A history of multiple febrile seizures increases the risk of developing epilepsy and psychiatric disorders later in life, with children who had >3 seizures at highest cumulative risk, according to a study published in JAMA Pediatrics.1

Febrile seizures are reported to occur in 2% to 5% of children between the ages of 6 months and 5 years.2 Although usually benign, children who have >1 febrile seizure are considered at risk of developing long-term sequelae. The study sought to link recurrent febrile seizure to the development of epilepsy, psychiatric disorders, and premature mortality.

Researchers used data from the Danish Civil Registration System to identify children born in Denmark between January 1, 1977, and December 31, 2011. The investigators further identified children who had been hospitalized or received outpatient care with a diagnosis of febrile seizure between the ages of 3 months and 5 years and had no prior diagnosis of epilepsy, cerebral palsy, intracranial tumors, severe head trauma, or intracranial infections before the onset of seizures. Children were followed until the end of 2016, and patients were subdivided into those with ≥1, ≥2, or ≥3 febrile seizures.

Epilepsy was defined as any diagnosis of epilepsy as registered in the Danish National Patient Register. Psychiatric disorders were identified through the Psychiatric Central Research Register and diagnosed using the International Classification of Diseases (ICD;pre-1993, ICD-8 290-315; post-1993, ICD-10 F00-F99). The Civil Registration System was used to identify children who had died.

A total of 75,593 children were identified with a diagnosis of febrile. Seizures were more common in boys compared with girls (3.9% vs 3.3%, respectively), and the age of seizure occurrence peaked at 16.7 months. The cumulative risk for recurrent febrile seizures was 22.7% after the first febrile seizure, 35.6% after the second seizure, and 43.5% after the third. This recurrence risk was largely similar for boys and girls. The risk of having a recurrent febrile seizures was higher if the first febrile seizure occurred before 2 years of age: 26.4% compared with 11.8% in children with their first seizure >2 years of age.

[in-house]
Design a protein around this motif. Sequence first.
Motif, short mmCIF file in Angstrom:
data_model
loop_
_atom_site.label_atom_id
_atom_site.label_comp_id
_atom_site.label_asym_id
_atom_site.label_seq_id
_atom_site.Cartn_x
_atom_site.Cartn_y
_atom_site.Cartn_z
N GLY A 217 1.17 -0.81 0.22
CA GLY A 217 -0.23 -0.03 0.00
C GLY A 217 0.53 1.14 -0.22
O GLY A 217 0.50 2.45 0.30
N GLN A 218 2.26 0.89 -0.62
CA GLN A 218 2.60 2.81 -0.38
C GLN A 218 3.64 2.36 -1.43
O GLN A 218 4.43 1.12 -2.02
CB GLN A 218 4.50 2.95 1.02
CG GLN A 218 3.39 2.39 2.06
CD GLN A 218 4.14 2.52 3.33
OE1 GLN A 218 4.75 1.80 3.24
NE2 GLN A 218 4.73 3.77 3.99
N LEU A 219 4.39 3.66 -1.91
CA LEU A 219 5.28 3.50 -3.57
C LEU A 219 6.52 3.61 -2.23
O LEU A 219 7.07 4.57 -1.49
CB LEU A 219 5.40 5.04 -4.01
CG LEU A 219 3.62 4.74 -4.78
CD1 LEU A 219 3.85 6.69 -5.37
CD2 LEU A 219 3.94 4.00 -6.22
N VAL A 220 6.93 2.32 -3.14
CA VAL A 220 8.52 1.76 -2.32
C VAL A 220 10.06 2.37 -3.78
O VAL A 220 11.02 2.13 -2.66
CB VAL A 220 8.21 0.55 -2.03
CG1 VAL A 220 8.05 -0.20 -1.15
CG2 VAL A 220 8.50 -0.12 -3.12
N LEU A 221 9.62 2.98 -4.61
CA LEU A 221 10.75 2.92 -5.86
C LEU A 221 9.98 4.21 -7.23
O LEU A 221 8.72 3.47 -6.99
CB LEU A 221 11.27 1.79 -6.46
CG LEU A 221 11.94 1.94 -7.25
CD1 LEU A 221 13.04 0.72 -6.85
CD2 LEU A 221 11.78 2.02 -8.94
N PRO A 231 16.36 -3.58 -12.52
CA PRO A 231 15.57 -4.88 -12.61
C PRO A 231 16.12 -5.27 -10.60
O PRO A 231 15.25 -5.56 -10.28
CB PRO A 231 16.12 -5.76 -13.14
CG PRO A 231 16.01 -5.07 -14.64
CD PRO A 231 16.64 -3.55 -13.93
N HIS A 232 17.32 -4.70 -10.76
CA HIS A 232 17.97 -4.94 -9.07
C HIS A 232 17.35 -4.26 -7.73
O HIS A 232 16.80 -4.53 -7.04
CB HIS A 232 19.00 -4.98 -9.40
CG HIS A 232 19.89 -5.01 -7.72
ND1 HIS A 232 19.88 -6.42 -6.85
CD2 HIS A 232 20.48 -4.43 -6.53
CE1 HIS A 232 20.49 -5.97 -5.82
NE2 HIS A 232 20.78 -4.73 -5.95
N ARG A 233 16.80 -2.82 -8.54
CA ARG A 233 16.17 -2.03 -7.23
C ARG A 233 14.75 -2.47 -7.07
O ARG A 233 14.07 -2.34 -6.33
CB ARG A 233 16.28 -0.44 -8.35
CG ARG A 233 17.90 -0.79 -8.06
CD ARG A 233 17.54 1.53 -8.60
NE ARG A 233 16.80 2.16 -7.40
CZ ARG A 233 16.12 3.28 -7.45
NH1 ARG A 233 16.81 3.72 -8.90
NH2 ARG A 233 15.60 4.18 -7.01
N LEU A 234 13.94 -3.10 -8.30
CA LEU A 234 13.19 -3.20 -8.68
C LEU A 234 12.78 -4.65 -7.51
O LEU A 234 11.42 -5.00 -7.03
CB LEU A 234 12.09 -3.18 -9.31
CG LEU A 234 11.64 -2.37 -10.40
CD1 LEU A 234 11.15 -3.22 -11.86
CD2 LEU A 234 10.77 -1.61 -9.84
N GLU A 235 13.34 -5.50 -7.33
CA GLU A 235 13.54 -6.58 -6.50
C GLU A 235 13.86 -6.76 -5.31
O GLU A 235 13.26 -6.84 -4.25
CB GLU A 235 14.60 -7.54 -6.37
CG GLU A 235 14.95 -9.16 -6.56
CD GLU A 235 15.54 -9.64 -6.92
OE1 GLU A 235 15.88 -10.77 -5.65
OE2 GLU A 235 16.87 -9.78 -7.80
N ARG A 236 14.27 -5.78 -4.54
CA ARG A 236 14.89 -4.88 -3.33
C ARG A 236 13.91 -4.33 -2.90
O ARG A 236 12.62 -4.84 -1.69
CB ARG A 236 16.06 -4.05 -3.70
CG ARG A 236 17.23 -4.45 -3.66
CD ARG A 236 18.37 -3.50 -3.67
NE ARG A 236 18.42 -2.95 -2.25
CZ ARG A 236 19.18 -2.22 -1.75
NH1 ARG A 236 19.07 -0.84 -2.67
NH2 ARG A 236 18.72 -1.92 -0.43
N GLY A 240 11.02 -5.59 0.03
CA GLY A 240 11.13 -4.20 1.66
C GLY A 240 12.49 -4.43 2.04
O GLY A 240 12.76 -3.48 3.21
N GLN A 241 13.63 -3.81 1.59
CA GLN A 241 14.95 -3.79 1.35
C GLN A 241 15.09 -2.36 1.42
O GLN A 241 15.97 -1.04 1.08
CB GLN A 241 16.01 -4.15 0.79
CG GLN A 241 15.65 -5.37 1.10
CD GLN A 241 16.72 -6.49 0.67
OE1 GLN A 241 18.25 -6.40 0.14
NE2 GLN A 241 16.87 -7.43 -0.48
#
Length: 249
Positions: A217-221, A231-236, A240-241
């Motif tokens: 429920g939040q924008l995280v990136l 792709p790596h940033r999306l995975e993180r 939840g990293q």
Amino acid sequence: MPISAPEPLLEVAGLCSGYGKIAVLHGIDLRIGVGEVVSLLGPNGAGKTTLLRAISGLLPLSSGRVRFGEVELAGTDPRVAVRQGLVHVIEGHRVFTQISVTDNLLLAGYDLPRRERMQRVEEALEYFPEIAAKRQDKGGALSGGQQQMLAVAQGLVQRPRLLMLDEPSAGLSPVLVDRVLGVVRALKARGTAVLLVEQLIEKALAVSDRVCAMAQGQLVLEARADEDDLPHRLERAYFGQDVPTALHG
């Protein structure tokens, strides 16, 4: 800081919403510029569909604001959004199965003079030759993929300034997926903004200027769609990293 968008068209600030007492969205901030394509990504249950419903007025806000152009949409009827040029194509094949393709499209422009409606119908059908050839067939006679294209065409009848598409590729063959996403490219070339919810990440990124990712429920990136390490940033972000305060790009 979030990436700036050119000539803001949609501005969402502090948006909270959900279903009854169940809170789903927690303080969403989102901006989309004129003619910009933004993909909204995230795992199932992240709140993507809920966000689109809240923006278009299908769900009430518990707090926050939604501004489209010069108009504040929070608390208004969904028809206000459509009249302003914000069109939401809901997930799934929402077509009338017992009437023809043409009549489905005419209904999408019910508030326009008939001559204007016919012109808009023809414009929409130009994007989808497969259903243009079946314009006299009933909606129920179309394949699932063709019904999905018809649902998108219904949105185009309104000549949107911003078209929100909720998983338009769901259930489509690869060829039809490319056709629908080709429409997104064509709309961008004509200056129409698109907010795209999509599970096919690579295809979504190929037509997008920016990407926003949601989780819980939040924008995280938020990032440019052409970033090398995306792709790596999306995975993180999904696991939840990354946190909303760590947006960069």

The risk for epilepsy increased with the number of hospital admissions for febrile seizures; the 30-year cumulative incidence was 2.2% at birth, 6.4% after the first febrile seizure, 10.8% after the second febrile seizure, and 15.8% after the third febrile seizure.

The 30-year risk for admission with a psychiatric disorder was 17.2%. In comparison, in children with at least 1 febrile seizure, the corresponding risk was 21.4%, increasing to 25.0% in children with ≥2 febrile seizures and to 29.1% in children with 3 or more admissions for febrile seizures.

Mortality increased with the number of hospital admissions associated with febrile seizures; at birth, the 30-year cumulative risk of dying was 1.0%, followed by 1.2% after the first febrile seizure, 1.4% after the second, and 1.9% after the third. This risk was associated primarily with children who later developed epilepsy.

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“A history of recurrent febrile seizures appears to carry a high risk of epilepsy and psychiatric morbidity but may increase mortality only in individuals who later develop epilepsy,” the authors concluded. “Thus, parents and medical professionals should be aware of early signs and symptoms and psychiatric disorders in children with a history of febrile seizures, to ensure early detection and treatment of these disorders.”

References

1. Dreier JW, Li J, Sun Y1, Christensen J. Evaluation of long-term risk of epilepsy, psychiatric disorders, and mortality among children with recurrent febrile seizures: a national cohort study in Denmark [published online October 7, 2019]. JAMA Pediatr. doi:10.1001/jamapediatrics.2019.3343

2. Steering Committee on Quality Improvement and Management, Subcommittee on Febrile Seizures American Academy of Pediatrics. Febrile seizures: clinical practice guideline for the long-term management of the child with simple febrile seizures. Pediatrics. 2008;121(6):1281-1286.